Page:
Every member of your family will find wisdom and whimsy in Marcel the Shell With Shoes On. What’s the biggest lesson from this small shell? When you find life overwhelming and change unstoppable, slow down, pause, and find your courage. — Aurelia Santos
The Community Award: Neptune Frost
What kind of movie is Neptune Frost? The shortest answer might be that it’s an Afrofuturist musical. But what does that mean?
I can tell you what it looks like: Burundi wraparounds decorated with microchips, a cape made of keyboards, psychedelic masks that resemble power grids, a tent covered in computer motherboards. After seeing Neptune Frost, I can tell you what it might sound like: chants and polyrhythms, French call and Kirundi response, drums and atmospheric drones, people singing in circles.
Some of you are going to be reminded of Ziggy Stardust and the Spiders from Mars. But don’t think of Bollywood or Hollywood musicals, with their elaborate productions and big stars. To anticipate what Neptune Frost will offer, imagine instead a group of people gently singing as they walk through a forest, or men chanting as they shovel rock. The music often doesn’t seem to be performed for you, the audience; the characters usually seem to be singing for themselves and each other. This is music for community, not consumption.
In exploring the intersection of African cultures with science and technology, the codirectors—American musician Saul Williams and Rwandan actor Anisia Uzeyman—don’t try to tell a straight story. It can be hard to tell characters apart as their appearances shift; the one named Neptune is played by two actors, Elvis “Bobo” Ngabo and Cheryl Isheja. They’re guided to another dimension by a common vision, and there they build a community that finds a way to strike back against “the Authority” that oppresses them, by melding dreams with the internet. As one character explains, “Technology is only a reflection of us.”
Neptune Frost isn’t for everyone; it’s too original for popularity. But if what I’ve described intrigues you, this movie could blow your mind. — Jeremy Adam Smith
The Perseverance Award: She Said
In She Said, two intrepid New York Times reporters, Megan Twohey (Carey Mulligan) and Jody Kantor (Zoe Kazan), help take down powerful Hollywood producer Harvey Weinstein for sexual assault and harassment. Though the outcome is well-known, the story of how it happened is an important, instructive one.
Twohey and Kantor show how difficult it is to break a story like this and the toll it takes on reporters’ personal lives. Their ability to communicate respect and empathy toward the women who survived their encounters with Weinstein, while still gently encouraging them to share their story with the world, is inspiring and a good lesson in mission-driven journalism.
As we discover what happened to these women, we learn how truly broken our system is, when it comes to finding justice for sexual abuse victims. The film also highlights the problems inherent in non-disclosure agreements, which compound their suffering while allowing abuse to continue unabated. “I signed,” says one victim describing her ordeal. “They gave us some money. And I felt completely broken.”
The movie doesn’t aim to tantalize us with morbid stories, but to show what heroism truly looks like, as we see the incredible courage exhibited by the women who shared their stories and the perseverance of the reporters who brought those stories to light. — Jill Suttie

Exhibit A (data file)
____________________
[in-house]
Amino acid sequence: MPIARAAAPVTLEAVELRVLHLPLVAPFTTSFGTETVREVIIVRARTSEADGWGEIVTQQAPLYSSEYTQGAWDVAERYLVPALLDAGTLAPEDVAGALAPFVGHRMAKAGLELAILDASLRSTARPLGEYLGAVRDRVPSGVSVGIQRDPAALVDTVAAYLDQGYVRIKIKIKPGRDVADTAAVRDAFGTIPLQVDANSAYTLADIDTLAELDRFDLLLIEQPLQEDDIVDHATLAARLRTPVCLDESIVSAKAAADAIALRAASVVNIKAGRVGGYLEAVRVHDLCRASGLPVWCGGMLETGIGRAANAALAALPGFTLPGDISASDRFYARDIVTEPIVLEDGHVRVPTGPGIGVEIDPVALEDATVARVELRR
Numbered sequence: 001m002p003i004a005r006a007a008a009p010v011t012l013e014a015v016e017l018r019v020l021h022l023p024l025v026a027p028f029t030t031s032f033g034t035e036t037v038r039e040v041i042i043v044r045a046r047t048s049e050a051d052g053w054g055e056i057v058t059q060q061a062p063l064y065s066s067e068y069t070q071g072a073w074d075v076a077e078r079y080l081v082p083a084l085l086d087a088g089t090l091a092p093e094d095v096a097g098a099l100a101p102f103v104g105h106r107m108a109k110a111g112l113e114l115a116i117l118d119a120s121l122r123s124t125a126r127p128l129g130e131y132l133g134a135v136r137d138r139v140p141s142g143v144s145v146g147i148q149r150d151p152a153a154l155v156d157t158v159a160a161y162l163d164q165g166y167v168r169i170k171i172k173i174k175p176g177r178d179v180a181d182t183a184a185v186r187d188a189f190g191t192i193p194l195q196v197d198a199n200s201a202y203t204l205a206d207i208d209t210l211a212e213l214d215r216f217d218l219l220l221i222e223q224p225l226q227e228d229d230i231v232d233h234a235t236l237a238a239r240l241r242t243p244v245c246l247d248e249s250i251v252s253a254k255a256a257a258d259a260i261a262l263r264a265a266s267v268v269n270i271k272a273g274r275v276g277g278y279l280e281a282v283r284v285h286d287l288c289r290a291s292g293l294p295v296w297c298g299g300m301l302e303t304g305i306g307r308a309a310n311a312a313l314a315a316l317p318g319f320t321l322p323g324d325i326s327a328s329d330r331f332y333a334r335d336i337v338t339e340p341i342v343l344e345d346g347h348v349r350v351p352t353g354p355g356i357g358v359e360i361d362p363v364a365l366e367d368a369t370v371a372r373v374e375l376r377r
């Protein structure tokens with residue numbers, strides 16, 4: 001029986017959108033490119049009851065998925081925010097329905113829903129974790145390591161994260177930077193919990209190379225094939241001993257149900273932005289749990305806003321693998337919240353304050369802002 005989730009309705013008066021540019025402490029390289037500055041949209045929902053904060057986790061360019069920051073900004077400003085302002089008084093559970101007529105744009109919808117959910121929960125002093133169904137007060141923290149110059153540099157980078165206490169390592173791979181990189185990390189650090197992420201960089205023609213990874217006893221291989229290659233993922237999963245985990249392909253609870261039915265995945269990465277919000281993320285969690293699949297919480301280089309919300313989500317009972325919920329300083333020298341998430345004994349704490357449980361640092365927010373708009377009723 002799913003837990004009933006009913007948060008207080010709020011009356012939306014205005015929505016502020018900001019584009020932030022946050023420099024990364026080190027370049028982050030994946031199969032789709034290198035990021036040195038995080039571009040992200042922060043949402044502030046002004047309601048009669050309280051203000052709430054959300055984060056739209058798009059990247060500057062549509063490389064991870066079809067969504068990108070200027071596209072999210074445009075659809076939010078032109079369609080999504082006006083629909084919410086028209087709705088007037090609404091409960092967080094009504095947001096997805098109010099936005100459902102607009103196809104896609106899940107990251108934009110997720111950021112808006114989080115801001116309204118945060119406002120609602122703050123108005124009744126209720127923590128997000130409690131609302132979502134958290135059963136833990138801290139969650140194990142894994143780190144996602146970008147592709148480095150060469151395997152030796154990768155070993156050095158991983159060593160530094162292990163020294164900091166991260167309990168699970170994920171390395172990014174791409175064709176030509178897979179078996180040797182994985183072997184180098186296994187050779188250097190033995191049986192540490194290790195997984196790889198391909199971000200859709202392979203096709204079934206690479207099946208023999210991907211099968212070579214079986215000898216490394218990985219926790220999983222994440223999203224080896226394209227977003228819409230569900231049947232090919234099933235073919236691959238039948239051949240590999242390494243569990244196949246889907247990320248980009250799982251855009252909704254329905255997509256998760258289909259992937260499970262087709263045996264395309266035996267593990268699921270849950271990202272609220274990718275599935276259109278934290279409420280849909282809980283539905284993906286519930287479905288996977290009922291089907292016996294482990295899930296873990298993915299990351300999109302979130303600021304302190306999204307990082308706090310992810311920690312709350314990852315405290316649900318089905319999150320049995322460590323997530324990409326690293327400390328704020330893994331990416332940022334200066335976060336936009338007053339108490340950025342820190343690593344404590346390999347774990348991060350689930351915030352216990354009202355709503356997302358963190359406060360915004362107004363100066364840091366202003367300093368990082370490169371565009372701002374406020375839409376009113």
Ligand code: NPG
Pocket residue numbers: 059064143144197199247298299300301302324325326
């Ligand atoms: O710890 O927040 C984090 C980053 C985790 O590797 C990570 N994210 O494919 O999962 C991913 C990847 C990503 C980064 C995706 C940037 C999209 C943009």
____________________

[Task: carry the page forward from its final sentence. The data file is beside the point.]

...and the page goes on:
The Bridging Differences Award: Stranger at the Gate
Richard “Mac” McKinney is the “stranger” of Stranger at the Gate, a short documentary film. He’s a Marine veteran of the wars in Afghanistan and Iraq who returns home to Muncie, Indiana, and decides to start planning an attack on a Muslim congregation.
Mac’s beloved stepdaughter Emily opens the film by describing him as someone who was always there for her. But we discover that Mac is capable of hate as well as love. During his 25-year military career, Mac saw an enormous amount of suffering and death. “As long as you can look at them as anything but human, you won’t have any problems,” explained one of Mac’s superiors when he went to them looking for help with coping.
Back in Muncie, Mac views the Muslims in his community as his enemies he wants to harm. Emily describes her dad becoming a “crazy man” after she told him about a Muslim classmate whose mom came to pick him up wearing a hijab. Mac is compelled to go to the Islamic Center to find “proof” for Emily of the danger they present to justify his murderous plan.
When Mac arrives at the Islamic Center, he is warmly met by the congregants who sense that he is troubled. Mac continues to be received with kindness during his subsequent visits. Within eight weeks, Mac shifts from planning to murder the people in the Islamic Center to feeling a sense of kinship. “You showed me what true humanity was about,” explains Mac.
“I couldn’t help it except to hug him and make him feel, not artificially, from my heart, that he is welcome and that he is part of us,” says Saber Bahrami, an Afghan refugee, family doctor, and cofounder of the Islamic Center. This incredible story could’ve easily ended in tragedy. Instead, it provides a testament of our capacity to bridge seemingly unreachable distances with strangers. — Maryam Abdullah
This article was originally posted on March 22, 2023 by Greater Good Magazine.